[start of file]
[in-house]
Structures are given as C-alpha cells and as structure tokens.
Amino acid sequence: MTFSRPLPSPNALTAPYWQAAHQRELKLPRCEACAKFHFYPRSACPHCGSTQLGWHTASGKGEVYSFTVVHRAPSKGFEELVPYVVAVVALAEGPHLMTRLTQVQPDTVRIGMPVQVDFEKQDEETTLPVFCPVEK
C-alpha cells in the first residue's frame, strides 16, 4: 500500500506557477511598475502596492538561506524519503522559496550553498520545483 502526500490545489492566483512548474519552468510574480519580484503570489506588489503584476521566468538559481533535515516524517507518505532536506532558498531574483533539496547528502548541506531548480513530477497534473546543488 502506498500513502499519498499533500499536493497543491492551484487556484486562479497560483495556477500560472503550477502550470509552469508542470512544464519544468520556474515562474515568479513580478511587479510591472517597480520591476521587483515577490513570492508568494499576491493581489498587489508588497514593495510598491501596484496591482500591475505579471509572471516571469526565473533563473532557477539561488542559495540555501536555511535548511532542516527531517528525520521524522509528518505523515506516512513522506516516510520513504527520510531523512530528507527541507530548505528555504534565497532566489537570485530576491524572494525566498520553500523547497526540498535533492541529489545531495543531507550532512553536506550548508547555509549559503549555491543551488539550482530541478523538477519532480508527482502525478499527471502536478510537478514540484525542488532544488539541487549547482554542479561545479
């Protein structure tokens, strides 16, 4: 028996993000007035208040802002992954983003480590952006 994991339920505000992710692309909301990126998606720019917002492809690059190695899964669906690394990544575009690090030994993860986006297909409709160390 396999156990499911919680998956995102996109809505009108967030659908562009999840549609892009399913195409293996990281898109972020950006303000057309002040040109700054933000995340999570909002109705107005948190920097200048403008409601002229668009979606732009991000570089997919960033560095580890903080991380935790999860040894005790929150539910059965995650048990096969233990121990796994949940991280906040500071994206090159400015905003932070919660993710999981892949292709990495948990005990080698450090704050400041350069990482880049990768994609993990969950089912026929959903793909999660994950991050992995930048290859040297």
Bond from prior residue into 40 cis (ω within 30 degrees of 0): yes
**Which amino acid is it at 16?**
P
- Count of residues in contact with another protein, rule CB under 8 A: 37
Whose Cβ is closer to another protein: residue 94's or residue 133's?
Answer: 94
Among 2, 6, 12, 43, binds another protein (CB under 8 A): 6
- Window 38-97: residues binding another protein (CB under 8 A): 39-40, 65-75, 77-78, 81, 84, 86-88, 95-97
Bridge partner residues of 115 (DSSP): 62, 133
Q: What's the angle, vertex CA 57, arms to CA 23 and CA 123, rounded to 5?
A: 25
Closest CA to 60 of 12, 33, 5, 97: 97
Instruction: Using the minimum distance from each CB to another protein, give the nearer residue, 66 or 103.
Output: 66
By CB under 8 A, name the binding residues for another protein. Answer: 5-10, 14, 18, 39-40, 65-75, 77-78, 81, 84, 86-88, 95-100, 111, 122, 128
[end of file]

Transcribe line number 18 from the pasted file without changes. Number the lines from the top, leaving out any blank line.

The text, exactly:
Instruction: Using the minimum distance from each CB to another protein, give the nearer residue, 66 or 103.